State Farm Bureau Presidents met with President Trump and Vice President Pence to express their continuing concerns over trade and the financial difficulties tariffs and related barriers are causing farmers and ranchers.
Texas President Russell Boening, Illinois President Richard Guebert and American Farm Bureau Federation Vice President Scott VanderWal – who is also President of the South Dakota Farm Bureau – told the president and vice president that they needed open markets soon. President Trump’s appearance was unscheduled, but the commander-in-chief said he wanted to stop by to express his appreciation for agriculture, as well as his broad support for rural America. The small group of ag leaders included representatives of several agricultural organizations in addition to Farm Bureau, covering row crops, dairy and livestock, and specialty crops.
Boening, Guebert and VanderWal also met with Agriculture Secretary Sonny Perdue as well as Ambassador Gregg Doud, chief agricultural negotiator in the Office of the U.S. Trade Representative. The meeting lasted nearly an hour.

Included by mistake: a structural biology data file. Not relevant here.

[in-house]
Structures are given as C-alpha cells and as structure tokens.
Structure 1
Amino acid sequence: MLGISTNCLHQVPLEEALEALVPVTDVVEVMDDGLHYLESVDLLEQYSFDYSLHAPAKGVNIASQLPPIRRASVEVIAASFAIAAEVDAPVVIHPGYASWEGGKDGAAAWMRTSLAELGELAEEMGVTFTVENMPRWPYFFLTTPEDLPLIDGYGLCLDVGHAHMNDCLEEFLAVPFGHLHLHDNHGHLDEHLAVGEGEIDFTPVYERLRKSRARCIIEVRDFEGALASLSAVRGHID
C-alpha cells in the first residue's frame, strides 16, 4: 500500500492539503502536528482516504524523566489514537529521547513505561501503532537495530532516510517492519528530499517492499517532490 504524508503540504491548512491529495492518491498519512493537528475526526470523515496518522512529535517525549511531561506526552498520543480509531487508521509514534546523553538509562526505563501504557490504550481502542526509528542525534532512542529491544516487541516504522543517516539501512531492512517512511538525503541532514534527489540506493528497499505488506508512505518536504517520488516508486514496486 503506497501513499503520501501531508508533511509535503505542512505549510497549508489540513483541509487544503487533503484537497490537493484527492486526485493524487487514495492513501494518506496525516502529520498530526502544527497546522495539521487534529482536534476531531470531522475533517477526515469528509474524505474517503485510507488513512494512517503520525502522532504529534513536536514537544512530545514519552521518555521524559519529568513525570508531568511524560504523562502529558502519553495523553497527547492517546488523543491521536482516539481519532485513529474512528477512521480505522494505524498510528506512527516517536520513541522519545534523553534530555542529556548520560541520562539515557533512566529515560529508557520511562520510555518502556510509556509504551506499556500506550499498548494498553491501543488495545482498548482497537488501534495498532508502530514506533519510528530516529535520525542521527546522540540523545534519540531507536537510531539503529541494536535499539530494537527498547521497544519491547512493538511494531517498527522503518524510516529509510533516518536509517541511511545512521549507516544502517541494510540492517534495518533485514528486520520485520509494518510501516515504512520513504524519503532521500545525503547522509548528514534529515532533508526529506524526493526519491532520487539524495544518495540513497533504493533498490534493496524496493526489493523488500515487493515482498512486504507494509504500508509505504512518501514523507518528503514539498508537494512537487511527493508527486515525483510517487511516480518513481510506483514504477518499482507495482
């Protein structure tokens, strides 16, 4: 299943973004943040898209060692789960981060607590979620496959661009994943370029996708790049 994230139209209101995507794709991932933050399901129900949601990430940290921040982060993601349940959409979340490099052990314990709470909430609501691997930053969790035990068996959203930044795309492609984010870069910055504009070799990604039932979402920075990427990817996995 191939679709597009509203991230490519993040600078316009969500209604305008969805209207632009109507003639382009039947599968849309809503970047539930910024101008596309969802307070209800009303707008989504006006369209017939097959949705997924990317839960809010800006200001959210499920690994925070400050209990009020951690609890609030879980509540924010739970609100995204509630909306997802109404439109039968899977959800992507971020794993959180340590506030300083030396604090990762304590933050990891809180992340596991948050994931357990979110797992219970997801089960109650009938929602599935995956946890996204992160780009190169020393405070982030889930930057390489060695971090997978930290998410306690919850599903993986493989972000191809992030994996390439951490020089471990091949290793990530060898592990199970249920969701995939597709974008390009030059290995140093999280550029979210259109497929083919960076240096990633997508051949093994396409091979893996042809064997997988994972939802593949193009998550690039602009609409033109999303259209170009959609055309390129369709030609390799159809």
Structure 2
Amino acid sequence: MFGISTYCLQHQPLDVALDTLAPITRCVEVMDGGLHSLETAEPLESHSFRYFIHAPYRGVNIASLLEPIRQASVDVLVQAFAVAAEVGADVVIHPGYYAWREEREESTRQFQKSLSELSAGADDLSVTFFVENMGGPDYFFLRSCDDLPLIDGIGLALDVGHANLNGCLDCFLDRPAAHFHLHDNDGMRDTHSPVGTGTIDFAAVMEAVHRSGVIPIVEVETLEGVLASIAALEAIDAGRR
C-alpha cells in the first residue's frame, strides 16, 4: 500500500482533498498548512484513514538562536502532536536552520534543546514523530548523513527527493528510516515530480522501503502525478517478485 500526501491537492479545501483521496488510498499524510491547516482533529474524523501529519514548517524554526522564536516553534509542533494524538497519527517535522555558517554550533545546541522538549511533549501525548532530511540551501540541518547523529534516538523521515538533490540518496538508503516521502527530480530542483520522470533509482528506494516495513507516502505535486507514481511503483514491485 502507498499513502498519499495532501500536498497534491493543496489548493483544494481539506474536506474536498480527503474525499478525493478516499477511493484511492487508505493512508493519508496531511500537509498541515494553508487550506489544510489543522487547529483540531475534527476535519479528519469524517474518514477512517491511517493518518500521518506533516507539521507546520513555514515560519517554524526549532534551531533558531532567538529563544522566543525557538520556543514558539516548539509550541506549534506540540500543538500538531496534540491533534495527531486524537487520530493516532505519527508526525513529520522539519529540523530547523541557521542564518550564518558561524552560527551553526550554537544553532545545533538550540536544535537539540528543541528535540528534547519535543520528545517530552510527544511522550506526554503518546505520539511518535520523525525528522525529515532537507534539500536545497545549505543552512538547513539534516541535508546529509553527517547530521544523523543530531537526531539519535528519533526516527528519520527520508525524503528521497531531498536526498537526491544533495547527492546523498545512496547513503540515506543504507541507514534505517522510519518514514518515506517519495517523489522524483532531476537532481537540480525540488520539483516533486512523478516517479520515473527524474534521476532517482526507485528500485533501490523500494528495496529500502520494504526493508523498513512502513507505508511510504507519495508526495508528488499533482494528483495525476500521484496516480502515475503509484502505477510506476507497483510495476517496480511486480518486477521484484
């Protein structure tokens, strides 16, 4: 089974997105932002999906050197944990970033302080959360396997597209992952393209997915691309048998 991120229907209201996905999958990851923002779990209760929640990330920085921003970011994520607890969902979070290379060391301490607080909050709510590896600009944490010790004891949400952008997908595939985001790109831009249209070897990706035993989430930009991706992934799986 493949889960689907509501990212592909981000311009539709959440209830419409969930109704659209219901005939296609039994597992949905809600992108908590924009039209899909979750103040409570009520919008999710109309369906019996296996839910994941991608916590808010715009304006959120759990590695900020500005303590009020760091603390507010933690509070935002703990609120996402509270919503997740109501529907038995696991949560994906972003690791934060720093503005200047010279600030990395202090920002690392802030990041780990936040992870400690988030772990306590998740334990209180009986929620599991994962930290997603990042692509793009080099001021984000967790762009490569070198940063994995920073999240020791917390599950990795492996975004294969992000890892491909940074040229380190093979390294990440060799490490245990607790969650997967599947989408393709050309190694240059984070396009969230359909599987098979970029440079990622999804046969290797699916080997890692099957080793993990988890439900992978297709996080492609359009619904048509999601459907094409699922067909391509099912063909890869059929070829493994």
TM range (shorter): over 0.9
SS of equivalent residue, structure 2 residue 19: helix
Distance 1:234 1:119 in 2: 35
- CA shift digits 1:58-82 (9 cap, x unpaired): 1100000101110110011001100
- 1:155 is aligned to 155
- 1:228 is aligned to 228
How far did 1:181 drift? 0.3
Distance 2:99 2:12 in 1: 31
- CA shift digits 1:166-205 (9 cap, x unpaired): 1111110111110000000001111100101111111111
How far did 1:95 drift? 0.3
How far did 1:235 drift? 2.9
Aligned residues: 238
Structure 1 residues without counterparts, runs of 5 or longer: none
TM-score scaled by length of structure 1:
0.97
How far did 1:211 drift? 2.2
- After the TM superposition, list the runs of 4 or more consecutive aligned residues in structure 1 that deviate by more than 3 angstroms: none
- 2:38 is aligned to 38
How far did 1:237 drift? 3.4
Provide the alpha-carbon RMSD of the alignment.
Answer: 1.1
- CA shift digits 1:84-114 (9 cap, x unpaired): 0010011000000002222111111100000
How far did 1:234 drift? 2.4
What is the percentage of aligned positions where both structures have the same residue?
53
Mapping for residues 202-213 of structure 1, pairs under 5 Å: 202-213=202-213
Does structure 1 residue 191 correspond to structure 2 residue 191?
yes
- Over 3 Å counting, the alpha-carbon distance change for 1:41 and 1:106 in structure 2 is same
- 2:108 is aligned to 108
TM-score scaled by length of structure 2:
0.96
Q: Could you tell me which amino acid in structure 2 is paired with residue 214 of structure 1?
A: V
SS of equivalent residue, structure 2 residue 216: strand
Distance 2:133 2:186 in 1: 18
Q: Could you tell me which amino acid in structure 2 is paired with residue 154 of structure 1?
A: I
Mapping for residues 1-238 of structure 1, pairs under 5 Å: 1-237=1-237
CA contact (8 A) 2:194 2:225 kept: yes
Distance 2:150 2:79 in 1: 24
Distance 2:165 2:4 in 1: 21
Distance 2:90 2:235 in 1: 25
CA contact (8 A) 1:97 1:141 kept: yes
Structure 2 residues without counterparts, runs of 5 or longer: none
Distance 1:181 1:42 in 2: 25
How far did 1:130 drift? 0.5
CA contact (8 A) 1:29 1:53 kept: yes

“Farmers and ranchers are counting on the Administration to fight for strong trade deals that expand our markets—now more than ever as we face the worst farm economy in 12 years,” AFBF President Zippy Duvall said. “This White House has been the most ag-focused in recent memory, and we are grateful to have a seat at the table with our nation’s leaders to discuss the importance of agriculture to our rural economies and the importance of trade to farmers and ranchers across the country.”
Montana Farm Bureau President Hans McPherson said it’s exciting to have the President of the United States, who visited Montana recently, aware of the pains and tribulations agriculture is going through. “He realizes how important agriculture is to America. Ag products are an essential U.S. export and he is trying to do something to correct unfair trade practices. In my recollection, this is the first president who has reached out to farmers and ranchers through Farm Bureau and tried to understand agriculture’s concerns.”